Borderlands 2 and the Art of Support.
I am head-over-heels infatuated with Borderlands 2, in no small part due to a very intelligently designed support class - my role of choice in most multiplayer games. I would chat more about the role supports play in games, but I think the article speaks for itself in that regard. Besides, I am sure I will talk about support-role design again when the next class-based multiplayer game strikes my fancy.
So I am actually a Borderlands convert. I tried a few of the characters out in the first game, just a few hours each, and it never struck me as entertaining, the guns missed constantly and for no clear reason. The environments were absolutely dry and monotonous, and the enemies came in three basic types and colors. No matter how much praise the game received from close friends, I never quite "got" what made Borderlands so compelling.
In the sequel, Gearbox amends the aesthetic mistakes right away. The game starts on a snow-covered mountain - literally the antithesis to the desert flatlands I recall from the first Borderlands. While the game does feature deserts again and more than your fair share of skags, it also offers up a variety of biomes - from the wilds of the Wildern Preservation to fiery valleys. It is actually a joy to explore the world of Pandora - another one of my gaming interests.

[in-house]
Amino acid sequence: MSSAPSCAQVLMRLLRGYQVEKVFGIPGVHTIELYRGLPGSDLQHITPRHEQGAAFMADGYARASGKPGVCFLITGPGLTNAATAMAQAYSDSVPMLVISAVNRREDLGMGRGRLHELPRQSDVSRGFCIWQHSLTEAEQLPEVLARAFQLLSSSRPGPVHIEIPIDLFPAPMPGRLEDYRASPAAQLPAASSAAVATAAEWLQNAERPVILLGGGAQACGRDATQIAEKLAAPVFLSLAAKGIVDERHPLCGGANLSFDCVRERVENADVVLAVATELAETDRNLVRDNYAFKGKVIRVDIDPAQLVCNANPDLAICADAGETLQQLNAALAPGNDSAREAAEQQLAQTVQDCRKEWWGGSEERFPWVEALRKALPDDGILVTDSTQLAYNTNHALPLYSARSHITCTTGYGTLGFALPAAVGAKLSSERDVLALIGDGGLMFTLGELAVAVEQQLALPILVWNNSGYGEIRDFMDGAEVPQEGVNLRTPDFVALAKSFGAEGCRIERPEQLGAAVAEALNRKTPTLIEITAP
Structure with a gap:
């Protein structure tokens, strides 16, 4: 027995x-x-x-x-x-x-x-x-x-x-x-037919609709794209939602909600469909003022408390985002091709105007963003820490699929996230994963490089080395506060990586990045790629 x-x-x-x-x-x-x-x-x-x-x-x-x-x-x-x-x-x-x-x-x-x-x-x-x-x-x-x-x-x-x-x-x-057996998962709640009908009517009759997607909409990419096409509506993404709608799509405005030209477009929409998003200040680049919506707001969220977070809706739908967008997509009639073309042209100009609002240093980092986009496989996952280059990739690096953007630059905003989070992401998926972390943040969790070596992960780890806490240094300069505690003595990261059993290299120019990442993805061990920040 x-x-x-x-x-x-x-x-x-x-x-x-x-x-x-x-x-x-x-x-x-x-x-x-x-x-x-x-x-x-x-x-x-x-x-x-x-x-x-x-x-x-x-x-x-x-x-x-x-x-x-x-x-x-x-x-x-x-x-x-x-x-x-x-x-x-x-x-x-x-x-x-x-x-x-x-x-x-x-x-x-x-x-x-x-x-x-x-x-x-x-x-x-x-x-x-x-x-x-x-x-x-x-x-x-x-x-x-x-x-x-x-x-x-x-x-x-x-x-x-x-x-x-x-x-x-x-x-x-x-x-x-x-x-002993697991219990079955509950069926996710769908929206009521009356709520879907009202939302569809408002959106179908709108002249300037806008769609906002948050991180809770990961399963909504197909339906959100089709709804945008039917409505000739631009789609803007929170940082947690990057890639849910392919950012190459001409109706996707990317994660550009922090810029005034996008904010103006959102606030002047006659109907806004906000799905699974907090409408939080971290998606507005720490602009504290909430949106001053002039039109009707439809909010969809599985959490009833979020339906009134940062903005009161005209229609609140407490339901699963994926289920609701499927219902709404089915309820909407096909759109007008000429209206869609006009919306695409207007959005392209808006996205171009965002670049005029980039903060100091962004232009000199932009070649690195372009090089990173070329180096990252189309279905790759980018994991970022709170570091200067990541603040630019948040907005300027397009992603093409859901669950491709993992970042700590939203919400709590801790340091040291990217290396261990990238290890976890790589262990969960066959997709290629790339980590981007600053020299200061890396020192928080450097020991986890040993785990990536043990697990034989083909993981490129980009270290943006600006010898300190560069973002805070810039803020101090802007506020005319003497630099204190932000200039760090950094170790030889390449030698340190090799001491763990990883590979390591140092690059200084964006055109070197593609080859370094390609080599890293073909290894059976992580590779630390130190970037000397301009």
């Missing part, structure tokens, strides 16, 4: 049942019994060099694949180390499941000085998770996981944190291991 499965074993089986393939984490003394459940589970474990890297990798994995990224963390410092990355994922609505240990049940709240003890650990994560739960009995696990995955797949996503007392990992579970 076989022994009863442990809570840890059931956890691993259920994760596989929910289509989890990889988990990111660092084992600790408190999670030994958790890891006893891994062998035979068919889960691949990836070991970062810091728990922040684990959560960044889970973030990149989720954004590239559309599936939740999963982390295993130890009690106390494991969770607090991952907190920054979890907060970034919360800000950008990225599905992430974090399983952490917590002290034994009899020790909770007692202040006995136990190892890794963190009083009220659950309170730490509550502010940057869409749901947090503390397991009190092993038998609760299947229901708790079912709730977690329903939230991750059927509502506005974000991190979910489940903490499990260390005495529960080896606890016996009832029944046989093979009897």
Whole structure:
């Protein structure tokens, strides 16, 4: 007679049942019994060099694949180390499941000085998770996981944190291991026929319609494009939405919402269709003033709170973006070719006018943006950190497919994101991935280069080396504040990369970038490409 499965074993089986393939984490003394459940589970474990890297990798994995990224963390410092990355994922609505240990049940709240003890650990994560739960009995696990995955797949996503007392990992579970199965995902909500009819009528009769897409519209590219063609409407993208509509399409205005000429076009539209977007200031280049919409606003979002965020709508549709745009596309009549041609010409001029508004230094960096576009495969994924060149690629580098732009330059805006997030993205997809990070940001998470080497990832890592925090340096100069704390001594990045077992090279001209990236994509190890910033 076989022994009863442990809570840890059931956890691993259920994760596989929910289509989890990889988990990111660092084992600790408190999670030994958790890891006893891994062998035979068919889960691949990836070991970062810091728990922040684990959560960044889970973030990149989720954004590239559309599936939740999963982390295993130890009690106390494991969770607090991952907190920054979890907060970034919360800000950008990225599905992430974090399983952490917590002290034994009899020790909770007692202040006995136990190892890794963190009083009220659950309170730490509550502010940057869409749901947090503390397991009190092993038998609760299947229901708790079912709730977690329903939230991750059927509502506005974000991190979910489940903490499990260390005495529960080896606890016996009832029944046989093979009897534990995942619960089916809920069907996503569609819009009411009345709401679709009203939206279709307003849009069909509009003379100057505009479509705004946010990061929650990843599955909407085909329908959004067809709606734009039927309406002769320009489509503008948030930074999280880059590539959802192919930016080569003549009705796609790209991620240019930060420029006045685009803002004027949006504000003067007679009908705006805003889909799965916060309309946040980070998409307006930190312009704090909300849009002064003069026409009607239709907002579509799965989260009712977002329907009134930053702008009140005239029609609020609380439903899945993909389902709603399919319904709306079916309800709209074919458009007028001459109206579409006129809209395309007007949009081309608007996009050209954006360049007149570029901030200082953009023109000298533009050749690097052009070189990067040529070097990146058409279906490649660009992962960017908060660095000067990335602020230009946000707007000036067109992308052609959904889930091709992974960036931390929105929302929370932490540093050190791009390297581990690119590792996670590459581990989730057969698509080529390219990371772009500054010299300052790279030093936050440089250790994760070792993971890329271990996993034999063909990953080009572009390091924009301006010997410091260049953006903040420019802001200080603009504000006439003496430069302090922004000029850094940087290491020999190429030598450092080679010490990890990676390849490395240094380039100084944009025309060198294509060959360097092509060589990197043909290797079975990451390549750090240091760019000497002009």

While the story does dip into the ludicrously dumb at times (oh, real bad on occasion), for the most part its actually compelling and funny. It also hides a lot of in-jokes and secrets throughout the game, which I would bother searching for if I didn't spend so much time in multiplayer pulling the slot-machine levers. If you can get a group of four friends together, Borderlands 2 reignites that fire for co-op experiences like few shooters today.